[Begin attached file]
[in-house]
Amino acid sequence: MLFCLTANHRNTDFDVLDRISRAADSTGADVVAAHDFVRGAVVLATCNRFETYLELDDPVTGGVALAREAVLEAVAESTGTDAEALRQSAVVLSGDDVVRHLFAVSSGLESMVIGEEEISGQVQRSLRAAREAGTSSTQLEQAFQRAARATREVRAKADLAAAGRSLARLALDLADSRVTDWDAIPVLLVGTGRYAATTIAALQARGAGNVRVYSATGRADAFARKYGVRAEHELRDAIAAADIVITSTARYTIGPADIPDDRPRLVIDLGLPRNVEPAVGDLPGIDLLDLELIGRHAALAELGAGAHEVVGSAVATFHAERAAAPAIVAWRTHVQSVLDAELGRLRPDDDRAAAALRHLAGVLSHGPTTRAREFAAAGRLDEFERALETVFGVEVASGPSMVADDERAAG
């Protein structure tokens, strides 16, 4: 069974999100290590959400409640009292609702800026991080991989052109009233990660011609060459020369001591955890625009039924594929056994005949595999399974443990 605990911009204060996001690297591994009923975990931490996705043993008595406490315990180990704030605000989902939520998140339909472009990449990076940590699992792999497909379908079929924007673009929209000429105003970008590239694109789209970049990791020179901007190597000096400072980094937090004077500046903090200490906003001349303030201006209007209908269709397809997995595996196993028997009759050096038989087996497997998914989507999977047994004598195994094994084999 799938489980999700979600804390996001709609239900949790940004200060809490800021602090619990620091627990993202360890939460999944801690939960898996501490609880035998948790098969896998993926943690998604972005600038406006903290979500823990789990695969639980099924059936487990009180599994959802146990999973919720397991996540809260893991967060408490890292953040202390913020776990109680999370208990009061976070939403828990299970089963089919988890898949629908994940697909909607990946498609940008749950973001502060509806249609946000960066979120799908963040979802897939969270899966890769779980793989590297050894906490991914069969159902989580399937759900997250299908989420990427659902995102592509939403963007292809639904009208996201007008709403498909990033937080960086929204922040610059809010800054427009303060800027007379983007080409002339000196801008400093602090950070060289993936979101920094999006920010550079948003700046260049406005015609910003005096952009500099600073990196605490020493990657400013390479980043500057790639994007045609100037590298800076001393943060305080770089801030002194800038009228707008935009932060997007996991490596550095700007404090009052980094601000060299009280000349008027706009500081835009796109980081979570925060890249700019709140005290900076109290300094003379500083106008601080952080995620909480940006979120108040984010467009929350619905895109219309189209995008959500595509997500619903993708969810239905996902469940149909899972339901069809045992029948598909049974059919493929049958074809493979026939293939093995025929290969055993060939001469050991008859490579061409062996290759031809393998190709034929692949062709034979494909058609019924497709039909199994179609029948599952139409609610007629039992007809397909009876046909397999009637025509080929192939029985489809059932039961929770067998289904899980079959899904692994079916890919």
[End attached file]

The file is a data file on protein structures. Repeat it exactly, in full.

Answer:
[in-house]
Amino acid sequence: MLFCLTANHRNTDFDVLDRISRAADSTGADVVAAHDFVRGAVVLATCNRFETYLELDDPVTGGVALAREAVLEAVAESTGTDAEALRQSAVVLSGDDVVRHLFAVSSGLESMVIGEEEISGQVQRSLRAAREAGTSSTQLEQAFQRAARATREVRAKADLAAAGRSLARLALDLADSRVTDWDAIPVLLVGTGRYAATTIAALQARGAGNVRVYSATGRADAFARKYGVRAEHELRDAIAAADIVITSTARYTIGPADIPDDRPRLVIDLGLPRNVEPAVGDLPGIDLLDLELIGRHAALAELGAGAHEVVGSAVATFHAERAAAPAIVAWRTHVQSVLDAELGRLRPDDDRAAAALRHLAGVLSHGPTTRAREFAAAGRLDEFERALETVFGVEVASGPSMVADDERAAG
């Protein structure tokens, strides 16, 4: 069974999100290590959400409640009292609702800026991080991989052109009233990660011609060459020369001591955890625009039924594929056994005949595999399974443990 605990911009204060996001690297591994009923975990931490996705043993008595406490315990180990704030605000989902939520998140339909472009990449990076940590699992792999497909379908079929924007673009929209000429105003970008590239694109789209970049990791020179901007190597000096400072980094937090004077500046903090200490906003001349303030201006209007209908269709397809997995595996196993028997009759050096038989087996497997998914989507999977047994004598195994094994084999 799938489980999700979600804390996001709609239900949790940004200060809490800021602090619990620091627990993202360890939460999944801690939960898996501490609880035998948790098969896998993926943690998604972005600038406006903290979500823990789990695969639980099924059936487990009180599994959802146990999973919720397991996540809260893991967060408490890292953040202390913020776990109680999370208990009061976070939403828990299970089963089919988890898949629908994940697909909607990946498609940008749950973001502060509806249609946000960066979120799908963040979802897939969270899966890769779980793989590297050894906490991914069969159902989580399937759900997250299908989420990427659902995102592509939403963007292809639904009208996201007008709403498909990033937080960086929204922040610059809010800054427009303060800027007379983007080409002339000196801008400093602090950070060289993936979101920094999006920010550079948003700046260049406005015609910003005096952009500099600073990196605490020493990657400013390479980043500057790639994007045609100037590298800076001393943060305080770089801030002194800038009228707008935009932060997007996991490596550095700007404090009052980094601000060299009280000349008027706009500081835009796109980081979570925060890249700019709140005290900076109290300094003379500083106008601080952080995620909480940006979120108040984010467009929350619905895109219309189209995008959500595509997500619903993708969810239905996902469940149909899972339901069809045992029948598909049974059919493929049958074809493979026939293939093995025929290969055993060939001469050991008859490579061409062996290759031809393998190709034929692949062709034979494909058609019924497709039909199994179609029948599952139409609610007629039992007809397909009876046909397999009637025509080929192939029985489809059932039961929770067998289904899980079959899904692994079916890919």